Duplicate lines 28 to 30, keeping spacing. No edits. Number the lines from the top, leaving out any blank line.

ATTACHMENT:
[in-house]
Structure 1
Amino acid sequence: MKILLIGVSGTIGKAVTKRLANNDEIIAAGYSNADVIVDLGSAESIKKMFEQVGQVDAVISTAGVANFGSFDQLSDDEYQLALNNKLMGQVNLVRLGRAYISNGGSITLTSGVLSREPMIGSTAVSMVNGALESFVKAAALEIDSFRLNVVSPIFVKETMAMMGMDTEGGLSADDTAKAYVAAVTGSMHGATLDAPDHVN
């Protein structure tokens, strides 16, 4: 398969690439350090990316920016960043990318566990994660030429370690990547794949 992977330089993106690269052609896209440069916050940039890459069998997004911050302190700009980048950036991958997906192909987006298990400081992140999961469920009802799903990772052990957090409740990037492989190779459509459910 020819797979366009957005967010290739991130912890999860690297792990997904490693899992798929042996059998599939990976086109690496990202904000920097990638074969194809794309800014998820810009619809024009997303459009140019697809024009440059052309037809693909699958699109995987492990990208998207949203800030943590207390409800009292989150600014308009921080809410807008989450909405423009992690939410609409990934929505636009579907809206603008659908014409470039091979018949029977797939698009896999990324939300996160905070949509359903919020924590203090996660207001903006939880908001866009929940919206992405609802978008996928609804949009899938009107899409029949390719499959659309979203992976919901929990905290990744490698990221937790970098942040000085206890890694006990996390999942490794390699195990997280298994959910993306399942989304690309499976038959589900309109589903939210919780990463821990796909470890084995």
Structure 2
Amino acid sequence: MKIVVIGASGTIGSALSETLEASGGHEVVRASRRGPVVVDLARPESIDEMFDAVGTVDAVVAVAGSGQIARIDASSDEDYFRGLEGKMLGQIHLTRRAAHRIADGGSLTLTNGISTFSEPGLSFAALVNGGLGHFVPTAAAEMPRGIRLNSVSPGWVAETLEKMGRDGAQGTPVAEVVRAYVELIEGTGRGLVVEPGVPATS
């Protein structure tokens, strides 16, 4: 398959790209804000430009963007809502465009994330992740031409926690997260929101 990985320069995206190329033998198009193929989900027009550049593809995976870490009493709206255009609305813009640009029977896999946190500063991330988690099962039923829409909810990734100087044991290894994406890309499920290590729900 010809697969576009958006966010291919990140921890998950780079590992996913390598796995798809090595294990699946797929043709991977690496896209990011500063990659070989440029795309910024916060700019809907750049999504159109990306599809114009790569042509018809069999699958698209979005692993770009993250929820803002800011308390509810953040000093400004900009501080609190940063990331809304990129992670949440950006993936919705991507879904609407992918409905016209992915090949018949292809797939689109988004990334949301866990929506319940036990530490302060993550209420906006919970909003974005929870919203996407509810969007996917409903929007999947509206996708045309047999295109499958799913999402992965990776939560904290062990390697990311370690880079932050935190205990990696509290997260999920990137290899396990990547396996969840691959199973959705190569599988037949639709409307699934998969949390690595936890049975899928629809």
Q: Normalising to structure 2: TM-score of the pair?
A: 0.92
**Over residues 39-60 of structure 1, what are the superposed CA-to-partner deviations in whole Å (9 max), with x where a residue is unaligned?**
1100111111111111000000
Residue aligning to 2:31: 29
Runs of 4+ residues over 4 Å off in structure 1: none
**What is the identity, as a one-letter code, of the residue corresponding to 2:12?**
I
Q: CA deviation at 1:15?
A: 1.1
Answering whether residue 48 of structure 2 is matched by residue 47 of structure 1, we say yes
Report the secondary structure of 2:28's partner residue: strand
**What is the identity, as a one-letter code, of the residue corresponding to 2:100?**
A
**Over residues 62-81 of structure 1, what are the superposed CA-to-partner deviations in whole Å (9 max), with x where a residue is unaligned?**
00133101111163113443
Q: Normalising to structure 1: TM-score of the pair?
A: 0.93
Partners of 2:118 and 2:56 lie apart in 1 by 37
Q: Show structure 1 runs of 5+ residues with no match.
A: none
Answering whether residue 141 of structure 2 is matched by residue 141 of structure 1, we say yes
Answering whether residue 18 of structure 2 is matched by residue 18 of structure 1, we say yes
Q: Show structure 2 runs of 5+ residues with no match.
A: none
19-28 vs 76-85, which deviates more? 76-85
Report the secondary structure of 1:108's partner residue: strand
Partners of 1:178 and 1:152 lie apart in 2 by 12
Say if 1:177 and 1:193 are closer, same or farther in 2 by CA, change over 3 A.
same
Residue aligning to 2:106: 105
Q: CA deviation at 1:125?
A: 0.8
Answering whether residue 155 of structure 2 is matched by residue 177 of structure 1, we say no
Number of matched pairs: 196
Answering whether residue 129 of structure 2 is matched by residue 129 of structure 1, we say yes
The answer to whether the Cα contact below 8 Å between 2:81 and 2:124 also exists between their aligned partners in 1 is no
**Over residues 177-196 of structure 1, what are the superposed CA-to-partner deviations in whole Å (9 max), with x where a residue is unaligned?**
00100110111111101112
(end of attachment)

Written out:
A: none
Answering whether residue 141 of structure 2 is matched by residue 141 of structure 1, we say yes
Answering whether residue 18 of structure 2 is matched by residue 18 of structure 1, we say yes